Repeating what I said earlier: even though I couldn't put into words the differences in sound using the lower order crossover filters, I can say that it was unmistakable that there was a dramatic change in the sound of the Jubs when these changes were made.

 

Here is a reformatted copy of that Greenfield and Hawksford paper entitled "The Audibility of Loudspeaker Phase Distortion", (1990):  The Audibility of Loudspeaker Phase Distortion Greenfield and Hawksford _1990_.pdf

 

Chris

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My aim is to begin to generalize the approach mentioned above and that was used in the Jubilee crossover filters and delays, which was originally developed for setting the K-402-MEH prototype serving as my center loudspeaker.  I have since applied this approach to setting crossover filter values for the AMT-1/Cornwall bass bin, and then the present AMT-1/Belle bass bin configuration that I'm currently using for surrounds in my 5.1 array (two DIY SPUD horn-loaded subs in the front corners of the room). 

 

The use of first order crossover filters was first recognized while examining the black box response of a Danley SH-50, whose phase response using passive crossovers has been noted for producing the most outstanding stereo reproduction heard by many reviewers in their home hi-fi setups.  After some tinkering, I found that a DSP crossover using IIR filters can replicate and slightly beat the phase and group delay response of an SH-50 using different loudspeaker configurations--including Jubs.

 

Since December, I've been applying the same techniques to dialing in other Jubs and other types of loudspeakers for those seeking help via email and forum PMs.  I've lost count how many people that I've helped this far, and sometimes I find myself helping to dial in as many as three setups per week.  I'm currently having trouble keeping all the setups straight from one another. 

 

Chris

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Recently I helped four guys with dialing-in their systems.  One of them wrote back the following:

 

Quote

I have noticed  that the imaging is getting better, and the sound stage is becoming bigger and deeper, sound quality has improved by about 40%-50% since you started helping me with the DSP settings.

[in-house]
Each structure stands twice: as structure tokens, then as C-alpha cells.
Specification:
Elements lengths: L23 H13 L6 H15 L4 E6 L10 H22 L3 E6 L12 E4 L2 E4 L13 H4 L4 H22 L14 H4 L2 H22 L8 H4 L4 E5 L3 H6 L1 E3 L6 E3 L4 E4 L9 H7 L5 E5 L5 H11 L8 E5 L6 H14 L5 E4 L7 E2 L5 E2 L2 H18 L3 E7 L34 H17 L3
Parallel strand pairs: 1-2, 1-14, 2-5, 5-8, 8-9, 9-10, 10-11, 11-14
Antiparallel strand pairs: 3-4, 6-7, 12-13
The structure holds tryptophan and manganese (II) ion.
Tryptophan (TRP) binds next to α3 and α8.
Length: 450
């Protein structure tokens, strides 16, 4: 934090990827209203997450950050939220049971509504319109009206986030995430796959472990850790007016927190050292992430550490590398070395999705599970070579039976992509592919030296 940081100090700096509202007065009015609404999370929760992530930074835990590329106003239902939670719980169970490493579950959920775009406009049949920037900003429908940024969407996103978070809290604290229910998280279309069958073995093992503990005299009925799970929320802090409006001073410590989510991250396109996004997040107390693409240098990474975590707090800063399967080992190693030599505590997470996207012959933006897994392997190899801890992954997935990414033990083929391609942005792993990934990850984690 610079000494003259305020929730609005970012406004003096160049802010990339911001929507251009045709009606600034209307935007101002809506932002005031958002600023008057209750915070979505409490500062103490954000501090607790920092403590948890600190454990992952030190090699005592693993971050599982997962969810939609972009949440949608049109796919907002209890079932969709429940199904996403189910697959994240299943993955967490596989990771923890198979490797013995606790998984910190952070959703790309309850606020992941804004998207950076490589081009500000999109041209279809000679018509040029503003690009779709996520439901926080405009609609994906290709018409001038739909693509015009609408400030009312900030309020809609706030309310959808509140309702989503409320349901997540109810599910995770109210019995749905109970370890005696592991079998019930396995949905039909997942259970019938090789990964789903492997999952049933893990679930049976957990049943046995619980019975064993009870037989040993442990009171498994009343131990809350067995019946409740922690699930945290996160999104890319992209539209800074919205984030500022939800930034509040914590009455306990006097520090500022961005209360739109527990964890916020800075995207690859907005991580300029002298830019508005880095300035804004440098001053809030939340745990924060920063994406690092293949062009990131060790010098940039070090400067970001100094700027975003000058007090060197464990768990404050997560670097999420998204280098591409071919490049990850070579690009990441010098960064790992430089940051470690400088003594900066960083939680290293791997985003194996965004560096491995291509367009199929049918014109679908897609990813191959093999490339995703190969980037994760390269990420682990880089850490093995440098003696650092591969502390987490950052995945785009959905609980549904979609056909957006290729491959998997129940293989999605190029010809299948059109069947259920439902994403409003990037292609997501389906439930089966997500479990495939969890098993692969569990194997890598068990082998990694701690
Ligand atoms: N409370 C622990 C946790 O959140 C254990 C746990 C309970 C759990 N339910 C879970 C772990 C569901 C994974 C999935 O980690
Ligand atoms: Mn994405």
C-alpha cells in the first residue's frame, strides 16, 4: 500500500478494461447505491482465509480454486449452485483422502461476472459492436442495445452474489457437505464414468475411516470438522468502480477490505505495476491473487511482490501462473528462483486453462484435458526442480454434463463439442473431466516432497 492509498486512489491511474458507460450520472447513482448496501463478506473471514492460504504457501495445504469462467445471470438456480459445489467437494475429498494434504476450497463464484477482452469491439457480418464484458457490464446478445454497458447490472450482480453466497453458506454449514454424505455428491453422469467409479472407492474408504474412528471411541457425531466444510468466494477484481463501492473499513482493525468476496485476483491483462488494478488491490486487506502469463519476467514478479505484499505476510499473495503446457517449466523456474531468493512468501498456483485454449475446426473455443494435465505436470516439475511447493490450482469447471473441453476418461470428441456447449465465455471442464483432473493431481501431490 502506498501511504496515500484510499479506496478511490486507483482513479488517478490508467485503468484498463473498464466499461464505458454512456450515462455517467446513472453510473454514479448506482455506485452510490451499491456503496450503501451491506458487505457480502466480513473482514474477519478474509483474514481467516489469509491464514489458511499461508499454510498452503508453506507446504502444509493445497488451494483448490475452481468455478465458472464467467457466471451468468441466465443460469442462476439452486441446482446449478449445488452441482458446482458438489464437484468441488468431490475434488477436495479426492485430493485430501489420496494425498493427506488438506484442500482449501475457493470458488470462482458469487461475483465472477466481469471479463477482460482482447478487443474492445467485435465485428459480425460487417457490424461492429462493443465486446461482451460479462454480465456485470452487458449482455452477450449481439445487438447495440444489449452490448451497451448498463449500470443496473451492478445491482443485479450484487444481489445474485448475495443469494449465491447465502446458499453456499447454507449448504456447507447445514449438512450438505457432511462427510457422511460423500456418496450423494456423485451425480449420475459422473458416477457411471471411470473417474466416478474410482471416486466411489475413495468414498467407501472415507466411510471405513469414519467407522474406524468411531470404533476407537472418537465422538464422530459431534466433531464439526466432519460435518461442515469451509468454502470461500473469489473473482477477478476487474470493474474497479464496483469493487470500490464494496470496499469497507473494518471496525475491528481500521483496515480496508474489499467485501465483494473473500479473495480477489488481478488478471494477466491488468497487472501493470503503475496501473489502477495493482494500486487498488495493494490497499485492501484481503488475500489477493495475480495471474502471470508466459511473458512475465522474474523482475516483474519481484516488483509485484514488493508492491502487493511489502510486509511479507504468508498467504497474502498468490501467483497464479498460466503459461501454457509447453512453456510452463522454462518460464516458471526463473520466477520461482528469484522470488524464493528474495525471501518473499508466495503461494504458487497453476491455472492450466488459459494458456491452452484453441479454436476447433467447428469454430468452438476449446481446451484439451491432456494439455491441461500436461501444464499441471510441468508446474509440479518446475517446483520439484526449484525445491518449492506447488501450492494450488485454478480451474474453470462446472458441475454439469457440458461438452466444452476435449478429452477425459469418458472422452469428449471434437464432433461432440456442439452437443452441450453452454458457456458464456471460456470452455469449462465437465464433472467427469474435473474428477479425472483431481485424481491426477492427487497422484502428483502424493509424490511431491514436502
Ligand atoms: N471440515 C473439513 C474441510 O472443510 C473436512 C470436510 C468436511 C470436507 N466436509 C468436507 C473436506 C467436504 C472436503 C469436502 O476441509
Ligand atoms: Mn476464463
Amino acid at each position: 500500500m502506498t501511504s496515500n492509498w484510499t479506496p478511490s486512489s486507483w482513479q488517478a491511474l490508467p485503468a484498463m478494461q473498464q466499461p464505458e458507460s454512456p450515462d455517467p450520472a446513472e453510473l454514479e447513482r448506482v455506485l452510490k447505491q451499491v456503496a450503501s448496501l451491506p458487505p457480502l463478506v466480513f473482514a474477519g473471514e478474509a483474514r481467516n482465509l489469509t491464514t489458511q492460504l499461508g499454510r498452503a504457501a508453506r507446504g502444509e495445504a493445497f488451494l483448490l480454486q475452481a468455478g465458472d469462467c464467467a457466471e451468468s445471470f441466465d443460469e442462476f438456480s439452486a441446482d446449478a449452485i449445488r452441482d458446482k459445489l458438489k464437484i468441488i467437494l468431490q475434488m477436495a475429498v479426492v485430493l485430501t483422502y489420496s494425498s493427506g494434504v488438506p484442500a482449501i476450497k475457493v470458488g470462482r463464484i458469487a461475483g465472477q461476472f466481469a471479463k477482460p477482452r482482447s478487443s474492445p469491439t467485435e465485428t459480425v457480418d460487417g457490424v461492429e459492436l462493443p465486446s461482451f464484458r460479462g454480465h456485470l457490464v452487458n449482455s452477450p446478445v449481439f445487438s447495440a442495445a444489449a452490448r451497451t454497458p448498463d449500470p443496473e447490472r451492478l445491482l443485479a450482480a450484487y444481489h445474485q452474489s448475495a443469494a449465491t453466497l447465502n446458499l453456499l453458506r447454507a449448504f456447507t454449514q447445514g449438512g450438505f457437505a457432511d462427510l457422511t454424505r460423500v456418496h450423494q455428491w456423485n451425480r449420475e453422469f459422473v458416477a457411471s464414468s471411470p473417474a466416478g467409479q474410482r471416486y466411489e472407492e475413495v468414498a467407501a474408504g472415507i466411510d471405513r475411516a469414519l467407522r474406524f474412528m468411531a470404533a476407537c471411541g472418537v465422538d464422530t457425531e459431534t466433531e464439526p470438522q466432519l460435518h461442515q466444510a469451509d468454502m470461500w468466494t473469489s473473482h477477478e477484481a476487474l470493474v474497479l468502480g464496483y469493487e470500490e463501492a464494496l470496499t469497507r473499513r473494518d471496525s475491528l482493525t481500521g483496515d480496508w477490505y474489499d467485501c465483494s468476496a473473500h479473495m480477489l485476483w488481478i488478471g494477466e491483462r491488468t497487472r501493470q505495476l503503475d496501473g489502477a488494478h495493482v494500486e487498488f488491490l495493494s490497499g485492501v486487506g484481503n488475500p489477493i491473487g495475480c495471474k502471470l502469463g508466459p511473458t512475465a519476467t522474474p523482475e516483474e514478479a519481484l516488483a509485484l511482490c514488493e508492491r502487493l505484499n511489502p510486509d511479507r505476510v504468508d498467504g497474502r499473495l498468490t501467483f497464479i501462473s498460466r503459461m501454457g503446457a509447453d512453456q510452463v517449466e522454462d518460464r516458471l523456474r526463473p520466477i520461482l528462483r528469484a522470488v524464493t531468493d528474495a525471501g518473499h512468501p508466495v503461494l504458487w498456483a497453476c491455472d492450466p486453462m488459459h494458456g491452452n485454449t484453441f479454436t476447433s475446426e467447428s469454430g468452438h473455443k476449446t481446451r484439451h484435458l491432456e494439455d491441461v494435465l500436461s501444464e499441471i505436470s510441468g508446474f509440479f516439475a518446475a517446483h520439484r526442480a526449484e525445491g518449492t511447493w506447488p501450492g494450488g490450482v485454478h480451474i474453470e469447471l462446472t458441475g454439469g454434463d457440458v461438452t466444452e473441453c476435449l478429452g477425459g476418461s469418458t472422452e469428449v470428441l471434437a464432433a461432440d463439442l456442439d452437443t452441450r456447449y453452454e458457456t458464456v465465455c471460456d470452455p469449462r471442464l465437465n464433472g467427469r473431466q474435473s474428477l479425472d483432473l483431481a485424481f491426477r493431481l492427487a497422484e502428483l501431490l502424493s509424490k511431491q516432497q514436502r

When we started, here's a plot of the frequency response and phase:

 

1016767755_PetersInitialJubileeSPLandPhaseResponse.thumb.jpg.1383c6ed61f82a524a2d18b7109c2413.jpg

 

And the latest round where he reported the dramatic listening differences (we're still dialing it in further).

 

58601235_PetersthirdRoundofJubileeSPLandPhaseResponse.thumb.jpg.4dc21ee9c610de3815ffc0ffe2030ecc.jpg

 

Pay particular attention to the vertical scale of SPL.  The point is that, while many here believe such dialing-in attention to detail is not worth their time, he has reported about a 50% increase in sound quality just getting to this point.  Look at the phase curves above, and the phase plot that I posted to this thread that I've achieved in-room (red trace):

 

Jub-TAD4002 Phase Using 1st Order Xover Filters and shorterned down K-402s.jpg

 

When I say that as the phase is flattened and its effects are subjective, and I also say the words "attention to detail when dialing in your system for flattened SPL and phase response", I now have quantified just what I mean.  Below is a plot of the response that I currently get in my listening room:

 

884898655_ChrisAsRightJubSPLandPhase.thumb.JPG.b14fc6ddc71a6cc2662745ed1459440e.JPG

 

Two nights ago, I provided a first-order crossover filter configuration to the Jubilee owner, and his response yesterday was:

 

Quote

"After doing some listening I think I like the 1st Order...file the best so far."

Chris

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I've found that first order crossover filters actually smooth or broaden the irregular responses in the crossover interference bands.  The tradeoff of course is wider interference bands--as has been tacitly assumed to be more important to minimize in the past.

 

Conversely, I've found that the width of the interference bands is actually at a much lower precedence than minimizing phase growth through the crossover regions.  That is the subject of this thread--subconscious or subjective listening differences via minimization of crossover filter-induced phase growth/irregularities (phase distortion). 

 

By the way, the notion of using first order crossover filters came from John Atkinson's interview with John Dunlavy on Stereophile's web site.  I gave his approach a try, and the results were startling--probably even more so than in Dunlavy's listening room, because the Jubs have better lower midrange and low midbass directivity, and by extension, presents a cleaner direct-vs.-reflected energy balance in which to hear the effects of phase flattening.